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Star Planet
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A moderately large object which orbits a star. Fuses hydrogen into helium and thereby generates energy.
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Moon (or Satellite) Asteroid
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A relatively small and rocky object that orbits a star. An object that orbits a planet.
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Comet Solar (Star) System
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A star and all the material that orbits it, including its planets and moons. A relatively small and icy object that orbits a star.
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Galaxy Groups (or Clusters)
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Collections of galaxies all held together by gravity. A collection of star systems, all held together by gravity.
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Universe 1. Planet Earth 2. Solar System 3. Milky Way 4. Local Group 5. Local Supercluster 6. Universe
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Cosmic “address” The sum total of all matter and energy; everything within and between all galaxies
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Supercluster Observable Universe
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The portion of the entire universe that can be seen from Earth. Many individual galaxies and many groups and clusters of galaxies are packed closely together.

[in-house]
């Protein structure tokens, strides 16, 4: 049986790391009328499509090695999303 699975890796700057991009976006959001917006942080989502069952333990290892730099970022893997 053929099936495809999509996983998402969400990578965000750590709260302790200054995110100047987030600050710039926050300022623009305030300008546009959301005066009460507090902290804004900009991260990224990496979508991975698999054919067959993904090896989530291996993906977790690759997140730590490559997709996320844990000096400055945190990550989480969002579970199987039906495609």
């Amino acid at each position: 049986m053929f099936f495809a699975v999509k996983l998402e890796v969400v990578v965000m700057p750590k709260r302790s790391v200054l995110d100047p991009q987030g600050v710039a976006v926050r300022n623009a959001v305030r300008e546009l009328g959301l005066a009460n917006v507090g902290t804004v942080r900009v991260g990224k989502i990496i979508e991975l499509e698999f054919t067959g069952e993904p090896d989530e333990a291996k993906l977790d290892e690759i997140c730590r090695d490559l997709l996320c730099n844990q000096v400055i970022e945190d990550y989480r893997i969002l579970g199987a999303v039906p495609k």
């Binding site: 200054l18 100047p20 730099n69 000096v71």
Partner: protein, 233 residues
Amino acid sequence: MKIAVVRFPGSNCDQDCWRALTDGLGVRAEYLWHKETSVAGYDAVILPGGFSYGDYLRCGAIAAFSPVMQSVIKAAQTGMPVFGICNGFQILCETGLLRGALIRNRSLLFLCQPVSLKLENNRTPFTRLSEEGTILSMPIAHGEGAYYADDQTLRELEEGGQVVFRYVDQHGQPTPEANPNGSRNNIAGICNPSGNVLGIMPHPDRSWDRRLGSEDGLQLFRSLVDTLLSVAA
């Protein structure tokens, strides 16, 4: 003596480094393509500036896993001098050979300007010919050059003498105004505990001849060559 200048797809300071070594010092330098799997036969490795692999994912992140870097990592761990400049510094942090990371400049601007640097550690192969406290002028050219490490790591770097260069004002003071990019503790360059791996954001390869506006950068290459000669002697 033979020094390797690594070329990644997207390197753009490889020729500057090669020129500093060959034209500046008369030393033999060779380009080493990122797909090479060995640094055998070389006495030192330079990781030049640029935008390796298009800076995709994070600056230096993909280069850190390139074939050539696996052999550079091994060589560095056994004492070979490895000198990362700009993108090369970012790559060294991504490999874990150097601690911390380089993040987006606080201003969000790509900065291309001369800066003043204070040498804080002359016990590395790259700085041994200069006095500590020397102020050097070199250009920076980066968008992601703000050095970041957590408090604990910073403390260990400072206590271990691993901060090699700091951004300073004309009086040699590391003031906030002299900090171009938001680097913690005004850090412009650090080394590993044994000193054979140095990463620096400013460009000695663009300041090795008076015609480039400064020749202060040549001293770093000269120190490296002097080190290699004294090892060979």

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Astronomical Unit (AU) Light-year
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The distance that light can travel in one year (about 9.46 trillion kilometers). The average distance between Earth and the Sun (about 150 million kilometers); the length of the semimajor axis of Earth’s orbit.
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Rotation Axis
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An imaginary line connecting the North Pole to the South Pole through the center of the Earth. The spinning of an object around its axis once each day.
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Orbit (Revolution) Expansion (of the Universe)
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The increase in the average distance between galaxies as time progresses. The orbital motion of one object around another.
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Celestial Sphere Star Stuff
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hydrogen and most helium) were created inside stars and eventually ejected into space. An imaginary sphere
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This note was uploaded on 08/30/2011 for the course AST 2002 taught by Professor Britt during the Spring '08 term at University of Central Florida.

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Exam1 - Flashcards - The flashcards are formatted for...

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